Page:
Becker v. Blum, 487 F. Supp. 873 (S.D.N.Y. 1980)

U.S. District Court for the Southern District of New York - 487 F. Supp. 873 (S.D.N.Y. 1980)
February 13, 1980

487 F. Supp. 873 (1980)

Itha David BECKER, Hannah M. Kneafsey, Plaintiffs,
Barbara BLUM, as Commissioner of the New York State Department of Social Services, and Muriel O'Connor, as Commissioner of the Sullivan County Department of Social Services, Defendants.

No. 77 Civ. 2561 (VLB).

United States District Court, S. D. New York.

February 13, 1980.

*874 Mid-Hudson Legal Services, Inc. by David L. Posner, Monticello, N.Y., Greater Upstate Law Project by Rene Reixach, Rochester, N.Y., for plaintiffs.

S. Richard Gross, Social Services Atty., Liberty, N.Y., for defendant O'Connor.

Robert Abrams, Atty. Gen. of the State of New York, New York City by George D. Zuckerman, Asst. Sol. Gen., Anne Marsha Tannenbaum, Asst. Atty. Gen., New York City, for defendant Blum.



This class action was filed in late May, 1977, seeking to enjoin defendants from implementing an amendment to New York law which would have required that medicaid recipients make "co-payments" with respect to purchases of prescription drugs and other medical services and supplies. Named as defendants were the Commissioner of New York State's Department of Social Services and the Commissioner of the Department of Social Services of Sullivan County ("Sullivan commissioner").

On June 23, 1977, I granted plaintiffs' motion preliminarily to enjoin the implementation and enforcement of the amendment. By memorandum order dated December 28, 1978 I granted partial summary judgment in favor of plaintiffs, and judgment was duly entered.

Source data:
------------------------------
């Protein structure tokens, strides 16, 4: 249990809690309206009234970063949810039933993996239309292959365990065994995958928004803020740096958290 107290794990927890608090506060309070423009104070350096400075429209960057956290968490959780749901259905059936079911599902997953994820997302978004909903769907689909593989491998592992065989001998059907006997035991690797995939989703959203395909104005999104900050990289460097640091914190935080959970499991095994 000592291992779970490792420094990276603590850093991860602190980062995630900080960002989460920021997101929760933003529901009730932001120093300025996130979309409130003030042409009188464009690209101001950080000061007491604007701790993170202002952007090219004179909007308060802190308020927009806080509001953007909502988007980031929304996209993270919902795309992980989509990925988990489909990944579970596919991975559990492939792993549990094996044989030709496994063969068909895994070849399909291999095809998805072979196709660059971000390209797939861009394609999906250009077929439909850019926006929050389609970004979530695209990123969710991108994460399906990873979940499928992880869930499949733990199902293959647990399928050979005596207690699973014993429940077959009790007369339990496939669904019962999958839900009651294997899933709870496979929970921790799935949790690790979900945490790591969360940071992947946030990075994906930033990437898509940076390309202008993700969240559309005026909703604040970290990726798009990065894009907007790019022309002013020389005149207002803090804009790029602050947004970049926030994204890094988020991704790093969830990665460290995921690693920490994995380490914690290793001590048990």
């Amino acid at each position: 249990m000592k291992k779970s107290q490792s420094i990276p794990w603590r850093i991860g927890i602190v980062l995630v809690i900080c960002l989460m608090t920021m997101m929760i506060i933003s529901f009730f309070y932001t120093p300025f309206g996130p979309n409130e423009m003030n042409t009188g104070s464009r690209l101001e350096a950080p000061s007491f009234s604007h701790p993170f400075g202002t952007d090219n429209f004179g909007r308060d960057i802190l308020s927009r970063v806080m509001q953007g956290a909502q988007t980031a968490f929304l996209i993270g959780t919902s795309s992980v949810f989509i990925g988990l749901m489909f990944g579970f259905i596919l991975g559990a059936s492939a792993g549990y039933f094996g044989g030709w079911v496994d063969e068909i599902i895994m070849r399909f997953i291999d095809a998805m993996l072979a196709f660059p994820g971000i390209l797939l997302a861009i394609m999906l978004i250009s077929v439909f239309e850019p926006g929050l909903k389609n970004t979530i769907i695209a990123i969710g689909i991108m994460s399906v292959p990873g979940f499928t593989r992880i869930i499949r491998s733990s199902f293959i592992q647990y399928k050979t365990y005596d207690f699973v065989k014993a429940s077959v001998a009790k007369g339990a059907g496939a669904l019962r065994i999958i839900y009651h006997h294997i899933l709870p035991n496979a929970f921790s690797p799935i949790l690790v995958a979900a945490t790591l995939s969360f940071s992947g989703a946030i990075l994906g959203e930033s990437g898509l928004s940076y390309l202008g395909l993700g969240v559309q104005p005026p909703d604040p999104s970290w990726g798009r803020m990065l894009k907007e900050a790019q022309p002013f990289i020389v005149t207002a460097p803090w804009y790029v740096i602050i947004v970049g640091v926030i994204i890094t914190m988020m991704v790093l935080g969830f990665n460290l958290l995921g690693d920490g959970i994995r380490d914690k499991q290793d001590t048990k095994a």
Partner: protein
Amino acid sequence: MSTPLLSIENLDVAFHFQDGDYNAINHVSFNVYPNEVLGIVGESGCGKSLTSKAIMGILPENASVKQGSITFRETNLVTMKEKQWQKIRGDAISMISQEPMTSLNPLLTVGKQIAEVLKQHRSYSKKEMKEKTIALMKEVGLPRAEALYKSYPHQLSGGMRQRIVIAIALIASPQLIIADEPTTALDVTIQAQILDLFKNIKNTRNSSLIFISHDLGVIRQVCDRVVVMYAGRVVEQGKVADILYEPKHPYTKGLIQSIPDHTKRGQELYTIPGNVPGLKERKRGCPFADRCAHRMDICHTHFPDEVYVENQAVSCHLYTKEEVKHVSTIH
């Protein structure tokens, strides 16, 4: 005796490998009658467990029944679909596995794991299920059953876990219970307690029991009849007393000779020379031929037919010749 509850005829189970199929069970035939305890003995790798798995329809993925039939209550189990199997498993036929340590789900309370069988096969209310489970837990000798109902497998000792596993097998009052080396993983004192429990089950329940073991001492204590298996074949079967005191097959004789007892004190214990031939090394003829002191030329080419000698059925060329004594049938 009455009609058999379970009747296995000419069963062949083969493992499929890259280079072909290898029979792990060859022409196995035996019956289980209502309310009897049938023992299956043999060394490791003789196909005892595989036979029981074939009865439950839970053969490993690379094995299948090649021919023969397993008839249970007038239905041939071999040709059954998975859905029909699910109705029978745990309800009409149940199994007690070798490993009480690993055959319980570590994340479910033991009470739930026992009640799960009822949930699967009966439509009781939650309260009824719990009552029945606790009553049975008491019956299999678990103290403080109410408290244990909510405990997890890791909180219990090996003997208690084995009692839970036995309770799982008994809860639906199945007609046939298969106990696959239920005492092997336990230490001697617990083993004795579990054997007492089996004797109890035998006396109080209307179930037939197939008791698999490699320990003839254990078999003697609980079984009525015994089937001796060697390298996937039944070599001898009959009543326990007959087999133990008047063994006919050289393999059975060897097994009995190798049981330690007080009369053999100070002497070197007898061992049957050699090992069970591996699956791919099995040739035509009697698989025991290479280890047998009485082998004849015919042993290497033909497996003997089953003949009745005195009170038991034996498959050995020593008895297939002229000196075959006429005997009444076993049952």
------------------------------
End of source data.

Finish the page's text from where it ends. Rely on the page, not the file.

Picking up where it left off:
While defendants initially appealed from that judgment, one defendant has since withdrawn his appeal, and the appeal of the other was dismissed for failure to docket.

The case is now before me on plaintiffs' motion for interim attorney's fees. The defendants have opposed this application, in whole or in part, on various grounds, some of which I deal with herein.[1]


The Sullivan commissioner proposes that since the action taken by this court has impact with respect to class members throughout the state, any award of attorney's fees should be apportioned among all of the state's local social services departments. This proposal is unsupported by any authority. The injunction which was granted operates only against the named defendants. This court has no power to assess an award against non-parties.

Reasonable Rates for Legal Services Attorneys

The defendants have suggested that legal services attorneys should be paid, not at an hourly rate comparable to that of private attorneys, but at a rate which would reflect the legal services attorneys' generally lower salaries and overhead expenses.

*875 I reject this suggestion, see Beazer v. NYCTA, 558 F.2d 97, 100 (2d Cir. 1977), rev'd on other grounds, 440 U.S. 568, 99 S. Ct. 1355, 59 L. Ed. 2d 587 (1979); Torres v. Sachs, 538 F.2d 10, 13 (2d Cir. 1976). Attorney's fees awards have traditionally been measured by, inter alia, the value of the services performed. The value of legal services attorneys' services are not reflected by their salary; the disparities between the salaries of legal services attorneys and private practitioners "usually reflect the relative poverty of legal services funding." Rodriguez v. Taylor, 569 F.2d 1231, 1248 (3d Cir. 1977), cert. denied, 436 U.S. 913, 98 S. Ct. 2254, 56 L. Ed. 2d 414 (1978). Legal services attorneys are paid (and accept) lower salaries in order that the limited funds available may generate the greatest possible volume of legal services for the needy. Since Section 1988 of Title 42 authorizes the award to the prevailing party of "a reasonable attorney's fee," the salaries paid to legal services attorneys do not furnish acceptable guideposts. "[T]o the extent salary levels are relevant, the appropriate referent would be comparable salaries earned by private attorneys with similar experience and expertise in equivalent litigation." (Rodriguez v. Taylor, supra at 1248).